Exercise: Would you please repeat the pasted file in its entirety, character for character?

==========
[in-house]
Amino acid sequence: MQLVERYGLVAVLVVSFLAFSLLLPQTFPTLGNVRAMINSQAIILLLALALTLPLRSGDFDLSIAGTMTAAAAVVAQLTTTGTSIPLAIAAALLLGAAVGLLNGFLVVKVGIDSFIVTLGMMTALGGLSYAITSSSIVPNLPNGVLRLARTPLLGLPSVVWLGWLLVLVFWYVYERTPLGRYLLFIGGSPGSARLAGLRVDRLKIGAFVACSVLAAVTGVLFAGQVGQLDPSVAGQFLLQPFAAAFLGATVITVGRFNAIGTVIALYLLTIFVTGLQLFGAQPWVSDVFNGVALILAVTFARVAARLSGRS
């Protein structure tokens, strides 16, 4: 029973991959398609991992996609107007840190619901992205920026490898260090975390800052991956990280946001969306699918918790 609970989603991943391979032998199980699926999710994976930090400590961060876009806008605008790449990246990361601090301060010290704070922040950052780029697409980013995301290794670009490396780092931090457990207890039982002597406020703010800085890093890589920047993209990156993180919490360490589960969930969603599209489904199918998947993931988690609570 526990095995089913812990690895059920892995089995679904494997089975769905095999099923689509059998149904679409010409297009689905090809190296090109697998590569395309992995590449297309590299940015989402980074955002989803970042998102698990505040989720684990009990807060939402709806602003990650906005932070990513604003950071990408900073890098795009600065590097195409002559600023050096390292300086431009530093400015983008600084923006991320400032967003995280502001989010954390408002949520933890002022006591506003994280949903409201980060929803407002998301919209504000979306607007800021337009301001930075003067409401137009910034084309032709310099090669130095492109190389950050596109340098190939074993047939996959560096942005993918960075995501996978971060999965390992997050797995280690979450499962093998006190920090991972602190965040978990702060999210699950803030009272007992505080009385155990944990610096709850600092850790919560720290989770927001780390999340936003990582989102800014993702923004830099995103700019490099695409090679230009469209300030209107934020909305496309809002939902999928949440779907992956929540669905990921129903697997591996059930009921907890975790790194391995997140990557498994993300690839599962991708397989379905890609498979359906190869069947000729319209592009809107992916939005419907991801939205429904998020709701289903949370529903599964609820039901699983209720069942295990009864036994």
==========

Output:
[in-house]
Amino acid sequence: MQLVERYGLVAVLVVSFLAFSLLLPQTFPTLGNVRAMINSQAIILLLALALTLPLRSGDFDLSIAGTMTAAAAVVAQLTTTGTSIPLAIAAALLLGAAVGLLNGFLVVKVGIDSFIVTLGMMTALGGLSYAITSSSIVPNLPNGVLRLARTPLLGLPSVVWLGWLLVLVFWYVYERTPLGRYLLFIGGSPGSARLAGLRVDRLKIGAFVACSVLAAVTGVLFAGQVGQLDPSVAGQFLLQPFAAAFLGATVITVGRFNAIGTVIALYLLTIFVTGLQLFGAQPWVSDVFNGVALILAVTFARVAARLSGRS
């Protein structure tokens, strides 16, 4: 029973991959398609991992996609107007840190619901992205920026490898260090975390800052991956990280946001969306699918918790 609970989603991943391979032998199980699926999710994976930090400590961060876009806008605008790449990246990361601090301060010290704070922040950052780029697409980013995301290794670009490396780092931090457990207890039982002597406020703010800085890093890589920047993209990156993180919490360490589960969930969603599209489904199918998947993931988690609570 526990095995089913812990690895059920892995089995679904494997089975769905095999099923689509059998149904679409010409297009689905090809190296090109697998590569395309992995590449297309590299940015989402980074955002989803970042998102698990505040989720684990009990807060939402709806602003990650906005932070990513604003950071990408900073890098795009600065590097195409002559600023050096390292300086431009530093400015983008600084923006991320400032967003995280502001989010954390408002949520933890002022006591506003994280949903409201980060929803407002998301919209504000979306607007800021337009301001930075003067409401137009910034084309032709310099090669130095492109190389950050596109340098190939074993047939996959560096942005993918960075995501996978971060999965390992997050797995280690979450499962093998006190920090991972602190965040978990702060999210699950803030009272007992505080009385155990944990610096709850600092850790919560720290989770927001780390999340936003990582989102800014993702923004830099995103700019490099695409090679230009469209300030209107934020909305496309809002939902999928949440779907992956929540669905990921129903697997591996059930009921907890975790790194391995997140990557498994993300690839599962991708397989379905890609498979359906190869069947000729319209592009809107992916939005419907991801939205429904998020709701289903949370529903599964609820039901699983209720069942295990009864036994």